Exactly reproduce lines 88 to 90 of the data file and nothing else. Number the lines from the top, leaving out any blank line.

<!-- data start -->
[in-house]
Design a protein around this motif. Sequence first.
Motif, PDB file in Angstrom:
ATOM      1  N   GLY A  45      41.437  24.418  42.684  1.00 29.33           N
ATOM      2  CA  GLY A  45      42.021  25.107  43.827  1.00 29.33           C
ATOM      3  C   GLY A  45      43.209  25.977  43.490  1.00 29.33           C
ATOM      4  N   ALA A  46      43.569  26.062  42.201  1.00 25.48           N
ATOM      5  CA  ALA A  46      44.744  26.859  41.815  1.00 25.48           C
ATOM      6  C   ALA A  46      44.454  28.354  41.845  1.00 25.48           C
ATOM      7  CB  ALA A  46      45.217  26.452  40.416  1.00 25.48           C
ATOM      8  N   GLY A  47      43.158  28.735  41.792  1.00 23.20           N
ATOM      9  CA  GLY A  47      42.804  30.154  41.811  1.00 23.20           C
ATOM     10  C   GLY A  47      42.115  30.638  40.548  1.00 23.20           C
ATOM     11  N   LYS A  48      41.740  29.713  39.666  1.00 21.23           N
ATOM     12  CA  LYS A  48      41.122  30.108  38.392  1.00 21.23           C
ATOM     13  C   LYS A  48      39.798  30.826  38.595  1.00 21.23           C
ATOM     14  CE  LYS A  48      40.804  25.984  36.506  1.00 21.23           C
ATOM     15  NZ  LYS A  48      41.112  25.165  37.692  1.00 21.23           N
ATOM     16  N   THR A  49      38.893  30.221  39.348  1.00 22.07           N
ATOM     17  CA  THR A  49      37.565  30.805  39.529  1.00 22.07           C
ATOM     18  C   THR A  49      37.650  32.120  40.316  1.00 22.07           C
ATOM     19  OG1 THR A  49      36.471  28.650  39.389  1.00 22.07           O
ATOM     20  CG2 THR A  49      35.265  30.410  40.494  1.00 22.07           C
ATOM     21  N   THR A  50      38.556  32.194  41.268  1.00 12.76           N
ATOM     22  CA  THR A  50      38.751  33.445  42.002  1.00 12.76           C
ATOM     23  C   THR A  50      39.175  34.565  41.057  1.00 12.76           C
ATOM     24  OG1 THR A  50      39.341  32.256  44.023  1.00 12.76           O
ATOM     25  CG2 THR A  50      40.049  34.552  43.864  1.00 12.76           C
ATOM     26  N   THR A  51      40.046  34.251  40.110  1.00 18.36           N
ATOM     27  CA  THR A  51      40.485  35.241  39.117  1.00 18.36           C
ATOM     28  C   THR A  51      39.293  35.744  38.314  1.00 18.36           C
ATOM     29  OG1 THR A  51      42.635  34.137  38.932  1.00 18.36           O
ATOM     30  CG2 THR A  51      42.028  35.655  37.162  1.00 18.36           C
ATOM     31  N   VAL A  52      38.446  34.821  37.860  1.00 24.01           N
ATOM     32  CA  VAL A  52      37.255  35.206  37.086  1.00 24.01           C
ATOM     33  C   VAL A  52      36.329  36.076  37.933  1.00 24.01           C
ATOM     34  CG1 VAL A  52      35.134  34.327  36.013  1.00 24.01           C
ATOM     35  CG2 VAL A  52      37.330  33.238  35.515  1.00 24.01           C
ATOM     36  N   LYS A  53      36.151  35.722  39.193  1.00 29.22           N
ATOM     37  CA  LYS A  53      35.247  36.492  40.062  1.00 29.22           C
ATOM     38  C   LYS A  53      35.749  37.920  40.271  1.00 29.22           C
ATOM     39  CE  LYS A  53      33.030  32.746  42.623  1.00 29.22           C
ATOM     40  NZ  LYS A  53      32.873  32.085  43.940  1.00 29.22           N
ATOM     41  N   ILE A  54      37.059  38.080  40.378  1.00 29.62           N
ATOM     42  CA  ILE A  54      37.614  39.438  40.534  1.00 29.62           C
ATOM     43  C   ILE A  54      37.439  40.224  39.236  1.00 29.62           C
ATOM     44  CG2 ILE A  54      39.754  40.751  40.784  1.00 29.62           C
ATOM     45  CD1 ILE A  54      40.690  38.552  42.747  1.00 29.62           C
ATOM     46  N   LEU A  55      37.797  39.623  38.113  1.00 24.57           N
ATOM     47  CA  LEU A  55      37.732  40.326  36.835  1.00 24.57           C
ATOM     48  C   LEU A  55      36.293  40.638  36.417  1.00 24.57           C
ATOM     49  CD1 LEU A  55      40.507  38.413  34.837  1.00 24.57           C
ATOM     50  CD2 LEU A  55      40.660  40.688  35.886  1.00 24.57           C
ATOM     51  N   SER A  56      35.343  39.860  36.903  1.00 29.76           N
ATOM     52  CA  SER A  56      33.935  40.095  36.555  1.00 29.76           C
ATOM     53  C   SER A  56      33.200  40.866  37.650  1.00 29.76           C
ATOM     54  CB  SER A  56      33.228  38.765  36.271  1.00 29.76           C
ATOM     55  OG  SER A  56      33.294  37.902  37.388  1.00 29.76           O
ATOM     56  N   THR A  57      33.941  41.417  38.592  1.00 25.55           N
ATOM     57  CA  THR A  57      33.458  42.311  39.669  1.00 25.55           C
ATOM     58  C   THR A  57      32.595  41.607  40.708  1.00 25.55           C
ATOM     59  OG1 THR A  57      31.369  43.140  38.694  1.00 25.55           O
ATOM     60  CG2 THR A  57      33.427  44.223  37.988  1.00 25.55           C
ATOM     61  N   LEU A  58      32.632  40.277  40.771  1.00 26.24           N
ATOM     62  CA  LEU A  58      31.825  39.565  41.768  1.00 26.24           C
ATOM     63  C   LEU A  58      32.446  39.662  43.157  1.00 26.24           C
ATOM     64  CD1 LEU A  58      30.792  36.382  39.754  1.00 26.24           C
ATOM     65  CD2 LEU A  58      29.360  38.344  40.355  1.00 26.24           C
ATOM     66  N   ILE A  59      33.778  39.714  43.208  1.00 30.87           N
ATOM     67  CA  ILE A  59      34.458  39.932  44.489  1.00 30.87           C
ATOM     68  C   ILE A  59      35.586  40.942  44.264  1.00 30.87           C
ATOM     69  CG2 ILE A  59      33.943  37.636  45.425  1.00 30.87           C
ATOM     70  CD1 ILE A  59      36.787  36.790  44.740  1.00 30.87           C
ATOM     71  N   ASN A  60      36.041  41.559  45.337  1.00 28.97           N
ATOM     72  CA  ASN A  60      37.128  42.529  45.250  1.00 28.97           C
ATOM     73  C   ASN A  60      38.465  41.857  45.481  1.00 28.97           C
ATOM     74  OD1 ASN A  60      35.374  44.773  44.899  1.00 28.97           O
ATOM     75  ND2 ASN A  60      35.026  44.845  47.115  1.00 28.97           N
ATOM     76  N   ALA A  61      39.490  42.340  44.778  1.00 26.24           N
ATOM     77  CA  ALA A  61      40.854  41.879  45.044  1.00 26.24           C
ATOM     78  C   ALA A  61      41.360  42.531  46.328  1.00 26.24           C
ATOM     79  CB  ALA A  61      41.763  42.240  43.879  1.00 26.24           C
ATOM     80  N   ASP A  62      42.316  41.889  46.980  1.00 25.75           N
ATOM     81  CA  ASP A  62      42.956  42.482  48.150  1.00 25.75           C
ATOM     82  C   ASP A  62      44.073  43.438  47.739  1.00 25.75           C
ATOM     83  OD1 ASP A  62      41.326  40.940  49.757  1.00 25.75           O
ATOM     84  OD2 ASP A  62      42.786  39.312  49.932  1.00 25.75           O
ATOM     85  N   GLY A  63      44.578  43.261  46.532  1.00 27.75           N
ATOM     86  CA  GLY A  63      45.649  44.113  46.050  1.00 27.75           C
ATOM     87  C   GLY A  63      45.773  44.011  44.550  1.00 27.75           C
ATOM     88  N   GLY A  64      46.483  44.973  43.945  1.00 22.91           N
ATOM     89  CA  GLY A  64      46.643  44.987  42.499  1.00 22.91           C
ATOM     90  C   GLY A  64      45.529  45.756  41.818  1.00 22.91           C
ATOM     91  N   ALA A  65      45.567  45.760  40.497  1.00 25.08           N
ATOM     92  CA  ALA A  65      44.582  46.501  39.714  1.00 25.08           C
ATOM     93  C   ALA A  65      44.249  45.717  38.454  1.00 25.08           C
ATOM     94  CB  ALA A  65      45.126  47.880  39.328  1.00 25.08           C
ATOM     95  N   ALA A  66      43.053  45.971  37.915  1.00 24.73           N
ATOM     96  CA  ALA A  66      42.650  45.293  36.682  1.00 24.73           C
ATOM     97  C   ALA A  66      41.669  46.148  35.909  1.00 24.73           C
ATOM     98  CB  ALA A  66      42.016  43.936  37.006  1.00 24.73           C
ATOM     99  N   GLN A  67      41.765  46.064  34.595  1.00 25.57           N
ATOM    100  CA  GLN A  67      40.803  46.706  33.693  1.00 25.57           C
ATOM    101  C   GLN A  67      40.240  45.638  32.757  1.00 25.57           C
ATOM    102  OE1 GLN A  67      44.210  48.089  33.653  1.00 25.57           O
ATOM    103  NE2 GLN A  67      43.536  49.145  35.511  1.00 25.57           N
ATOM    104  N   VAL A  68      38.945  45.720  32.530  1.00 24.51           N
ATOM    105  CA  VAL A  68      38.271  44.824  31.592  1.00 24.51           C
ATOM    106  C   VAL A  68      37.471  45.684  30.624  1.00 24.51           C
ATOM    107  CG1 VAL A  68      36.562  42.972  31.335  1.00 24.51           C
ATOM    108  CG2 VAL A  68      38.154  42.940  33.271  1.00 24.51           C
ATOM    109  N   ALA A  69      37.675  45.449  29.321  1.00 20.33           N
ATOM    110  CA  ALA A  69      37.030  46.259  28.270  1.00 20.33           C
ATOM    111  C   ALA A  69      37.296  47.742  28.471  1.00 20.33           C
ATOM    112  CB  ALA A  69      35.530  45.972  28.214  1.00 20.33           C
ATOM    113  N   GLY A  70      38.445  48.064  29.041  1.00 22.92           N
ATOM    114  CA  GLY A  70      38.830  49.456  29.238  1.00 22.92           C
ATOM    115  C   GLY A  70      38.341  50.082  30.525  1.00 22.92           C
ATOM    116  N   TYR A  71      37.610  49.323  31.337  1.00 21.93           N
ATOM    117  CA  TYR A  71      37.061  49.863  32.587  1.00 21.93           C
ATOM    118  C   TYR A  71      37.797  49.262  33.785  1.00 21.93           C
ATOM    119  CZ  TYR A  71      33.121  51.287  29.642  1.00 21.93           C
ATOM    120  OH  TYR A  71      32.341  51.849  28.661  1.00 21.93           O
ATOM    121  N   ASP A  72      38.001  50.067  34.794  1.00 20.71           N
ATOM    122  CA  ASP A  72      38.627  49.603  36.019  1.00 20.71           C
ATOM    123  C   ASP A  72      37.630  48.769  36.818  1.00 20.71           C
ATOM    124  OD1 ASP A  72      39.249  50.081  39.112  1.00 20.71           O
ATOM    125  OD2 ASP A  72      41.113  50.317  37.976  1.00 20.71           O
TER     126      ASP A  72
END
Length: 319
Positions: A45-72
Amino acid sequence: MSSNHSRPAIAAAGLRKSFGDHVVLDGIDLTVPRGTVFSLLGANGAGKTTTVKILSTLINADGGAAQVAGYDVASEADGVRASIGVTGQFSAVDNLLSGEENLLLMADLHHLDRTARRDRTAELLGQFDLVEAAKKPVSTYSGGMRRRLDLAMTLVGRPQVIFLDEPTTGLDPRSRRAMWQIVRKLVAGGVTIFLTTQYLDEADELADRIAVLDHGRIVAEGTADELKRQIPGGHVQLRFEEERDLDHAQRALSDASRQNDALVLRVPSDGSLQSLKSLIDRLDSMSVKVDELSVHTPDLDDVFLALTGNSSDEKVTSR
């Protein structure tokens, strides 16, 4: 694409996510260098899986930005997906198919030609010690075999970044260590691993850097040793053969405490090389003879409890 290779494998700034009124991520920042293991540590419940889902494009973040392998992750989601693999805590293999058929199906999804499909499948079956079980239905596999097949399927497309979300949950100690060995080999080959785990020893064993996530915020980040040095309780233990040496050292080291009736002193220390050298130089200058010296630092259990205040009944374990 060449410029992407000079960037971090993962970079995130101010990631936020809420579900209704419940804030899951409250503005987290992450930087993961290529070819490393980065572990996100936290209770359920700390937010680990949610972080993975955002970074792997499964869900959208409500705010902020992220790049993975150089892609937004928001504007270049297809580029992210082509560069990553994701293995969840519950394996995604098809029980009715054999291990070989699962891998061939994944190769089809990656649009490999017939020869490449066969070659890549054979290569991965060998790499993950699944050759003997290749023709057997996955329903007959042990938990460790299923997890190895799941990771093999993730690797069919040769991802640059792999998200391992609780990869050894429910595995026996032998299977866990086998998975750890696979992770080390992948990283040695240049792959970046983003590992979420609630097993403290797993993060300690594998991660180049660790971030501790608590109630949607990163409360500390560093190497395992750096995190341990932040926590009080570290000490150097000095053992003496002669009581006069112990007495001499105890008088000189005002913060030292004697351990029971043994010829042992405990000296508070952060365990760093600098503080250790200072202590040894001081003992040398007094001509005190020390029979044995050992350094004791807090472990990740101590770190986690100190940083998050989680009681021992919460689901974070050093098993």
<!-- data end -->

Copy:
ATOM     85  N   GLY A  63      44.578  43.261  46.532  1.00 27.75           N
ATOM     86  CA  GLY A  63      45.649  44.113  46.050  1.00 27.75           C
ATOM     87  C   GLY A  63      45.773  44.011  44.550  1.00 27.75           C